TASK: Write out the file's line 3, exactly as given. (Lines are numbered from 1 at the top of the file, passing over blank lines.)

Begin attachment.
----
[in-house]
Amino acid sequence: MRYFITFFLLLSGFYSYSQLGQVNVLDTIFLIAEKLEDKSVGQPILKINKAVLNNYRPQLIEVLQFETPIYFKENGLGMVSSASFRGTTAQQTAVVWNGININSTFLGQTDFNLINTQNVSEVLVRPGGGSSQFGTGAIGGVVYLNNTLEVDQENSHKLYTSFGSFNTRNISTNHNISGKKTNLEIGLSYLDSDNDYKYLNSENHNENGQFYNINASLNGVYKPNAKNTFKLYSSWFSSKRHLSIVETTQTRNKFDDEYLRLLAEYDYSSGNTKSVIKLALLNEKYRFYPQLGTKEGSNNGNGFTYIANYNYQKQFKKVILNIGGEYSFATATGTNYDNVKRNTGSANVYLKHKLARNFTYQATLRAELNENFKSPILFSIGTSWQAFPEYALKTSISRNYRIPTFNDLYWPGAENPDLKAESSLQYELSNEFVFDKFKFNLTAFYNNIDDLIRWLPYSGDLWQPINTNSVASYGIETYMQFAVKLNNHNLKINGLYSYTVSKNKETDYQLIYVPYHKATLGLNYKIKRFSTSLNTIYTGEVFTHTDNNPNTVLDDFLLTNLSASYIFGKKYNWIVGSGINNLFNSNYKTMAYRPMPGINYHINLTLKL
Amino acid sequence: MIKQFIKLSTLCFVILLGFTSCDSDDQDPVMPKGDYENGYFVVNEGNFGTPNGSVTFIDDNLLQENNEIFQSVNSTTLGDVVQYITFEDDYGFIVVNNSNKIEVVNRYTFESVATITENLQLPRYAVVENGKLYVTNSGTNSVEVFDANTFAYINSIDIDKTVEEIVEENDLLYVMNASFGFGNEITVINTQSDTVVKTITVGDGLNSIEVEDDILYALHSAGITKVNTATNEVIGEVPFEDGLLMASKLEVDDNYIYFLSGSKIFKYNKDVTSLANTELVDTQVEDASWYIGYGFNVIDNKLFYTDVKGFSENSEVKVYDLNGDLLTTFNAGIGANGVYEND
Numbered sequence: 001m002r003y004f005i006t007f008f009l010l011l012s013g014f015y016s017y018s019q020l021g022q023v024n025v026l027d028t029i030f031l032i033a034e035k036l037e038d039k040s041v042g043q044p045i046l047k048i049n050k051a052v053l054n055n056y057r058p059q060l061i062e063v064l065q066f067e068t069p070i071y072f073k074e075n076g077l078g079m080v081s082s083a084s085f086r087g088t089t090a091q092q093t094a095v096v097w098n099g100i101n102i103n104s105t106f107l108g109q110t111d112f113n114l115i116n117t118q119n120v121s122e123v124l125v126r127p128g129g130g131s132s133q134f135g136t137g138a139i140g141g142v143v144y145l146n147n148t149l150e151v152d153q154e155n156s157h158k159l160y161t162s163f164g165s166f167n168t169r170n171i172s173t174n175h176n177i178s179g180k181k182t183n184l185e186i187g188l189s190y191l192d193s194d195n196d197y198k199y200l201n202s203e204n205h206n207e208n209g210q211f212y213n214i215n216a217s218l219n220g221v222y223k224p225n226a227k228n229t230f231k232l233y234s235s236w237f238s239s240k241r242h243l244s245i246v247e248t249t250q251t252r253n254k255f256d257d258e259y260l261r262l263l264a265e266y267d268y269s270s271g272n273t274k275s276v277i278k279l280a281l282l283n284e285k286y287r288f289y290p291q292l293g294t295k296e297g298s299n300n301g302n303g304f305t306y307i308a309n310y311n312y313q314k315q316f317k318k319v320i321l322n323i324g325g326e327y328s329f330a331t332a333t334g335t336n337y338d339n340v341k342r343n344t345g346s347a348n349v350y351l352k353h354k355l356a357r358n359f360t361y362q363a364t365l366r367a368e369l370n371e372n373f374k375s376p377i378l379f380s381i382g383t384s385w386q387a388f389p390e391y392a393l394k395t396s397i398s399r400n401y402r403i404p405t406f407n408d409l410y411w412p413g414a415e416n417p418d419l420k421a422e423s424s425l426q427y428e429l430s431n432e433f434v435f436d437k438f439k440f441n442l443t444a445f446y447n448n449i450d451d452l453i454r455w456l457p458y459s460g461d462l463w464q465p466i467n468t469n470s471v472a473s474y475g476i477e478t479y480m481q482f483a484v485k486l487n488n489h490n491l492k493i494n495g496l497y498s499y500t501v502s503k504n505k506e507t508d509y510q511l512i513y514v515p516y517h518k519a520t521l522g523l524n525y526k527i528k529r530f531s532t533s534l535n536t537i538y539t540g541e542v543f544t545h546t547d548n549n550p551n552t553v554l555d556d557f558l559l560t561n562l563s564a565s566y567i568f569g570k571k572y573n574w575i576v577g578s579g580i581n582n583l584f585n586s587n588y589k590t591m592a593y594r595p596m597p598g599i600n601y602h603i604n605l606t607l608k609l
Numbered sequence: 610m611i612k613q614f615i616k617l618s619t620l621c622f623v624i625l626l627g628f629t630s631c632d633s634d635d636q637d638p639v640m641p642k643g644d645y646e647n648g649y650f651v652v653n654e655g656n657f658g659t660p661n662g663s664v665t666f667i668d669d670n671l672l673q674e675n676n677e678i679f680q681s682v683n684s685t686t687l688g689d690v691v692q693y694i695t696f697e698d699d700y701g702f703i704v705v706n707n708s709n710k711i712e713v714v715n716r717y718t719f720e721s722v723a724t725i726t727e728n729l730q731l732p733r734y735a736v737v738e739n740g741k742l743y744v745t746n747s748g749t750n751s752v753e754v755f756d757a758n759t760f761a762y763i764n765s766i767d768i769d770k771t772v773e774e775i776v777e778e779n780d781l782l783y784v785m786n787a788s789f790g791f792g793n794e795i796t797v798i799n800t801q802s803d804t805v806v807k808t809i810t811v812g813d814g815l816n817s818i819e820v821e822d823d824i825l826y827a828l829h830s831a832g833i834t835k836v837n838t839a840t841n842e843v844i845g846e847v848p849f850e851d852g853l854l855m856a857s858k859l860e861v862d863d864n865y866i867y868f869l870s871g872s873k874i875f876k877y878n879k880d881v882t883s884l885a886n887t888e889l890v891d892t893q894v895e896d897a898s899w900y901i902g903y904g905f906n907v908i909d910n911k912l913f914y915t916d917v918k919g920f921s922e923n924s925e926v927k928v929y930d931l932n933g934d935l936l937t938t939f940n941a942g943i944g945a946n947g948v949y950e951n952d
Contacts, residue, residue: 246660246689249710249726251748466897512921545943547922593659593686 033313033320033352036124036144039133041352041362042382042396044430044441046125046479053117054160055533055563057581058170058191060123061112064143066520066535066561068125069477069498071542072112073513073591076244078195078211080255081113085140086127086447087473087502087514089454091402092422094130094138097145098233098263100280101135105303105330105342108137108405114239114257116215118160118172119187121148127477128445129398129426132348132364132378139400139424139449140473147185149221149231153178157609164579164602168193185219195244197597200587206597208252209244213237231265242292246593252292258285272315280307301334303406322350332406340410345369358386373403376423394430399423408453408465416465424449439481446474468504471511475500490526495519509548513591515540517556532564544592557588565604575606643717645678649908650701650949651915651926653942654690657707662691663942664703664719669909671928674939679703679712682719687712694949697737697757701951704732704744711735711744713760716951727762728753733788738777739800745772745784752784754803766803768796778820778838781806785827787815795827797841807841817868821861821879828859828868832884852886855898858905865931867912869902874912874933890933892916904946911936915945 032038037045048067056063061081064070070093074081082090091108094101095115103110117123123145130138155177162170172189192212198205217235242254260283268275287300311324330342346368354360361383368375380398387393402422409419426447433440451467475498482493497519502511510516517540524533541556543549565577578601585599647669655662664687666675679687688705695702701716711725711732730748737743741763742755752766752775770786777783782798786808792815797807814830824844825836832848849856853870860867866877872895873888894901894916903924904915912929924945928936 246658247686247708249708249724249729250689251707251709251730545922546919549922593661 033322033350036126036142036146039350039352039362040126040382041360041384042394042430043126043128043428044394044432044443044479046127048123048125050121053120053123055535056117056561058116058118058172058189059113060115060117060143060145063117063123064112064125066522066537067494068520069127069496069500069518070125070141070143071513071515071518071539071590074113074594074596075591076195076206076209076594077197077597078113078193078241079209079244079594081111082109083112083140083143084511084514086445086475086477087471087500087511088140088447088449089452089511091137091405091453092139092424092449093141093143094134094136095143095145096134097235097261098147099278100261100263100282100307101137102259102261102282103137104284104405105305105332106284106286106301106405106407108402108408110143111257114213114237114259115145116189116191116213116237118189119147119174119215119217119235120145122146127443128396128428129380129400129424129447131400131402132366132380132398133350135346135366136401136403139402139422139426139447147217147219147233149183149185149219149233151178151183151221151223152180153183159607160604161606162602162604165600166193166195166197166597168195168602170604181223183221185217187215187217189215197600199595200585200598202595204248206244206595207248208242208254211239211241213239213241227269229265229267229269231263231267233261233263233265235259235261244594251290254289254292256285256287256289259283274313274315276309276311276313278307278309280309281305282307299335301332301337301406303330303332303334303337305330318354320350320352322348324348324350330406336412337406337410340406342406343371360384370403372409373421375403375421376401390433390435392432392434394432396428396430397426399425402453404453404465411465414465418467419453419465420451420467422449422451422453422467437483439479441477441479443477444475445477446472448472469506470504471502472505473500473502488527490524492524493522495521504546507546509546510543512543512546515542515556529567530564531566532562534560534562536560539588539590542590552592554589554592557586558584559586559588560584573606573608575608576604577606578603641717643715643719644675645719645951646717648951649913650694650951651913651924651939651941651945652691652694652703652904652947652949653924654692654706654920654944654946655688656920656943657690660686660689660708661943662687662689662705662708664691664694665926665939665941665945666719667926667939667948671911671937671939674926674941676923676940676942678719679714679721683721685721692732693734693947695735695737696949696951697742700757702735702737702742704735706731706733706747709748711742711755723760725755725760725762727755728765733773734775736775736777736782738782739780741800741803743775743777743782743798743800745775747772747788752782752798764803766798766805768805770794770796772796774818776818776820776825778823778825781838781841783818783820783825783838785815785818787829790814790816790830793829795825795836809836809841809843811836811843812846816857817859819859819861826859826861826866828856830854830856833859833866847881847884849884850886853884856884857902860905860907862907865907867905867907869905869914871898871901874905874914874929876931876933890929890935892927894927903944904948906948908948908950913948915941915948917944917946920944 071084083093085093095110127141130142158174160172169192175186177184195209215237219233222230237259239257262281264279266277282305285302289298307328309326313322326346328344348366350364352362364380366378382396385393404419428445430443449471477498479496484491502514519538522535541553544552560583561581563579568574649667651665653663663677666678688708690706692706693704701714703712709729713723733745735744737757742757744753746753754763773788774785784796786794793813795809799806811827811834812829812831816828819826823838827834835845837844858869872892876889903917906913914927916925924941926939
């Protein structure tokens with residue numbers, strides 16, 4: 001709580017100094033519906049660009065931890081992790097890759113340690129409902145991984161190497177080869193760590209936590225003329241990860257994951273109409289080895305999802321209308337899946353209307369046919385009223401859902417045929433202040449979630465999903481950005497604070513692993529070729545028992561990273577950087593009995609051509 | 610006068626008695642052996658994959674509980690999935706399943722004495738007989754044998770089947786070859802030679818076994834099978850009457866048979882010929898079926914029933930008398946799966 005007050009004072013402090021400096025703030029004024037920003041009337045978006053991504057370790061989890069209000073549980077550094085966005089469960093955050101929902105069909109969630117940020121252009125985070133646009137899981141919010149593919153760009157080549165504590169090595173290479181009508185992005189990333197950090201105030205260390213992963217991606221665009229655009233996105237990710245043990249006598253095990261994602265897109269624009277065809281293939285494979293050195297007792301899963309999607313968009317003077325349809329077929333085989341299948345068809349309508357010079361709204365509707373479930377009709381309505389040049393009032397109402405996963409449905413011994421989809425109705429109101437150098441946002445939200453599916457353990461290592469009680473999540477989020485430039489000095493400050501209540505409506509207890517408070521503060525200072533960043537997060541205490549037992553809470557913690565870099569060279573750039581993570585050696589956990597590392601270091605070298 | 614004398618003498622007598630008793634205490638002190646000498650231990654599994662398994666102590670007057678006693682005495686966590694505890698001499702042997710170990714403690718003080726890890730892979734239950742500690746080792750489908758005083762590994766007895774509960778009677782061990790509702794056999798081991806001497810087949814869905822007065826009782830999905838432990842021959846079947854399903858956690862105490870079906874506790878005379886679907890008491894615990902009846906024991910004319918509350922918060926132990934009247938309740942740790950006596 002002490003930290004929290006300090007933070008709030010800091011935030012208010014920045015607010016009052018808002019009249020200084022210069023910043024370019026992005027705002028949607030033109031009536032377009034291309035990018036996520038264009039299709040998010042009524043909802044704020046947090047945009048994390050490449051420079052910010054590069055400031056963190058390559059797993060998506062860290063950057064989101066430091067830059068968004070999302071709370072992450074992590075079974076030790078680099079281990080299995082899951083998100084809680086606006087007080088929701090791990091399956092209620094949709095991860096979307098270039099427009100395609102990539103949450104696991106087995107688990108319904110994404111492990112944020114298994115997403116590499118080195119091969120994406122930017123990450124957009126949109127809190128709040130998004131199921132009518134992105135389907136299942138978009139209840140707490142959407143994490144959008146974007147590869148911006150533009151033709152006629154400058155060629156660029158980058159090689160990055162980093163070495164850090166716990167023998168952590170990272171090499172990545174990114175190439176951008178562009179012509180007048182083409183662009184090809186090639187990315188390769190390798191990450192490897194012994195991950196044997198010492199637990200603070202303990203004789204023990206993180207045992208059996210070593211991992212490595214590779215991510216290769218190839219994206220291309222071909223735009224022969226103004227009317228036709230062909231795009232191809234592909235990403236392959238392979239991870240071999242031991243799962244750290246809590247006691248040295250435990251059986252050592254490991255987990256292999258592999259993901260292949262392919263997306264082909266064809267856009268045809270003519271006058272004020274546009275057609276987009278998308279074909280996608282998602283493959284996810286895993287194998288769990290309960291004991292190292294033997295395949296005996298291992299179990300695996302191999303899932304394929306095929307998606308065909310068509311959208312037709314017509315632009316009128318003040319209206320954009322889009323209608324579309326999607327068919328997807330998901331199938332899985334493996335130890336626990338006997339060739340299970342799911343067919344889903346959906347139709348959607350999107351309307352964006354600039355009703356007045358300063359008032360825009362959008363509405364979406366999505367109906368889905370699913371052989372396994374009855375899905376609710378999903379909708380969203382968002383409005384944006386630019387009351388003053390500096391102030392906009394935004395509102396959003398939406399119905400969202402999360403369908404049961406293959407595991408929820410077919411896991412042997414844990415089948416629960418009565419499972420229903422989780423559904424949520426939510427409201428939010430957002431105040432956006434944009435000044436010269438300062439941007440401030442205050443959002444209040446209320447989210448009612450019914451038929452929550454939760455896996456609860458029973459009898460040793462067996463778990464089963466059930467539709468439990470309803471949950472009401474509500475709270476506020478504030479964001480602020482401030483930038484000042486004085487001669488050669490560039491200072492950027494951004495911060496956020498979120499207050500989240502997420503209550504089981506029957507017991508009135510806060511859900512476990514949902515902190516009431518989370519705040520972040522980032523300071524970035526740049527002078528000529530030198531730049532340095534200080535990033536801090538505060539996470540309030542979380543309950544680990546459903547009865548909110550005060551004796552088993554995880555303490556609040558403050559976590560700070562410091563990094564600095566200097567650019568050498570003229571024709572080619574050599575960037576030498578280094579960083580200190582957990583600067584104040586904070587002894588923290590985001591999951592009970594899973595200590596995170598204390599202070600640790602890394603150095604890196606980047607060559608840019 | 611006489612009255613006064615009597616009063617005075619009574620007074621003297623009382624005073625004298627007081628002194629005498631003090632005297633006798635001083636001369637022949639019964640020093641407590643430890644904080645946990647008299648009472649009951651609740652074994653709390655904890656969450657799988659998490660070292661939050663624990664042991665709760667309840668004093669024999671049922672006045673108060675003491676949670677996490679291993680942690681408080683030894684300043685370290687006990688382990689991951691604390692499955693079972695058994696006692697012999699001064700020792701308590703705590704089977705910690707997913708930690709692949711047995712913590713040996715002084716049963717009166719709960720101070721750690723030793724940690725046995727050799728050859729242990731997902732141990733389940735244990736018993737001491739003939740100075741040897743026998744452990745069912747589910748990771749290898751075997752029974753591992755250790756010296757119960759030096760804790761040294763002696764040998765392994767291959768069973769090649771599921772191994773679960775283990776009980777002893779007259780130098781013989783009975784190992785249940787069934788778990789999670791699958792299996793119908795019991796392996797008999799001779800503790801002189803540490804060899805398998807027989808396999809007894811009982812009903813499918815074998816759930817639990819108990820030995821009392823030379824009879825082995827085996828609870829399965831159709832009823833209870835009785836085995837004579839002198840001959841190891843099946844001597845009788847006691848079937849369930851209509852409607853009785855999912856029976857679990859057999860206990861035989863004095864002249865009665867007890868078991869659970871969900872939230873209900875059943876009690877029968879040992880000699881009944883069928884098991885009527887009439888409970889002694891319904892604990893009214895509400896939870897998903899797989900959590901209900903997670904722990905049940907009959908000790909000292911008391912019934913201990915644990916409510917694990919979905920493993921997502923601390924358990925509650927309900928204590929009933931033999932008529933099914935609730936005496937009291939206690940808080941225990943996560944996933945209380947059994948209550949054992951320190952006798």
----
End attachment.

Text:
Amino acid sequence: MIKQFIKLSTLCFVILLGFTSCDSDDQDPVMPKGDYENGYFVVNEGNFGTPNGSVTFIDDNLLQENNEIFQSVNSTTLGDVVQYITFEDDYGFIVVNNSNKIEVVNRYTFESVATITENLQLPRYAVVENGKLYVTNSGTNSVEVFDANTFAYINSIDIDKTVEEIVEENDLLYVMNASFGFGNEITVINTQSDTVVKTITVGDGLNSIEVEDDILYALHSAGITKVNTATNEVIGEVPFEDGLLMASKLEVDDNYIYFLSGSKIFKYNKDVTSLANTELVDTQVEDASWYIGYGFNVIDNKLFYTDVKGFSENSEVKVYDLNGDLLTTFNAGIGANGVYEND